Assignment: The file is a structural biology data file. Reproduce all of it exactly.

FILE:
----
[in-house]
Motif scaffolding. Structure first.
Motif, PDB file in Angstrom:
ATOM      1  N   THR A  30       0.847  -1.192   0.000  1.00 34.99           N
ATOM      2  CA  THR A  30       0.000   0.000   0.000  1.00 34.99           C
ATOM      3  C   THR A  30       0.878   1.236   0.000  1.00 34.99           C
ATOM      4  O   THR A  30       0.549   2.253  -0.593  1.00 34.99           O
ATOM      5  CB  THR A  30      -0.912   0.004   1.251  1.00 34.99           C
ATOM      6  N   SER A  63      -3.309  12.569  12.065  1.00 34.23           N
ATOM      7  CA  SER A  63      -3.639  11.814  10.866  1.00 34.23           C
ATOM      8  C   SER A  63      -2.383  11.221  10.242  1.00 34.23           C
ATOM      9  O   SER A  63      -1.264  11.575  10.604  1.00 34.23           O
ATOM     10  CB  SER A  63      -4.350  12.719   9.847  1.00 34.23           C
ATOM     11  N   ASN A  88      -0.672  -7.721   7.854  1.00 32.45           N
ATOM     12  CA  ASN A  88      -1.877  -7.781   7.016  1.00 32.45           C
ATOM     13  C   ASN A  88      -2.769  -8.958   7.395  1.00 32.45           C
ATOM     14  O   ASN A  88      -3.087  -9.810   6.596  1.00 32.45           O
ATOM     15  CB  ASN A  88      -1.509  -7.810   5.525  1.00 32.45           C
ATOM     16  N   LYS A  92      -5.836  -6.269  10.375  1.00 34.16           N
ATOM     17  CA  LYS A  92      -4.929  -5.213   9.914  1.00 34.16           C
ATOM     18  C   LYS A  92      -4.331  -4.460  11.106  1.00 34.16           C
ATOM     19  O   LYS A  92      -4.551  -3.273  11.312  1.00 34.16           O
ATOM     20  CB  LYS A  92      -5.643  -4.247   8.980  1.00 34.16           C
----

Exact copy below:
[in-house]
Motif scaffolding. Structure first.
Motif, PDB file in Angstrom:
ATOM      1  N   THR A  30       0.847  -1.192   0.000  1.00 34.99           N
ATOM      2  CA  THR A  30       0.000   0.000   0.000  1.00 34.99           C
ATOM      3  C   THR A  30       0.878   1.236   0.000  1.00 34.99           C
ATOM      4  O   THR A  30       0.549   2.253  -0.593  1.00 34.99           O
ATOM      5  CB  THR A  30      -0.912   0.004   1.251  1.00 34.99           C
ATOM      6  N   SER A  63      -3.309  12.569  12.065  1.00 34.23           N
ATOM      7  CA  SER A  63      -3.639  11.814  10.866  1.00 34.23           C
ATOM      8  C   SER A  63      -2.383  11.221  10.242  1.00 34.23           C
ATOM      9  O   SER A  63      -1.264  11.575  10.604  1.00 34.23           O
ATOM     10  CB  SER A  63      -4.350  12.719   9.847  1.00 34.23           C
ATOM     11  N   ASN A  88      -0.672  -7.721   7.854  1.00 32.45           N
ATOM     12  CA  ASN A  88      -1.877  -7.781   7.016  1.00 32.45           C
ATOM     13  C   ASN A  88      -2.769  -8.958   7.395  1.00 32.45           C
ATOM     14  O   ASN A  88      -3.087  -9.810   6.596  1.00 32.45           O
ATOM     15  CB  ASN A  88      -1.509  -7.810   5.525  1.00 32.45           C
ATOM     16  N   LYS A  92      -5.836  -6.269  10.375  1.00 34.16           N
ATOM     17  CA  LYS A  92      -4.929  -5.213   9.914  1.00 34.16           C
ATOM     18  C   LYS A  92      -4.331  -4.460  11.106  1.00 34.16           C
ATOM     19  O   LYS A  92      -4.551  -3.273  11.312  1.00 34.16           O
ATOM     20  CB  LYS A  92      -5.643  -4.247   8.980  1.00 34.16           C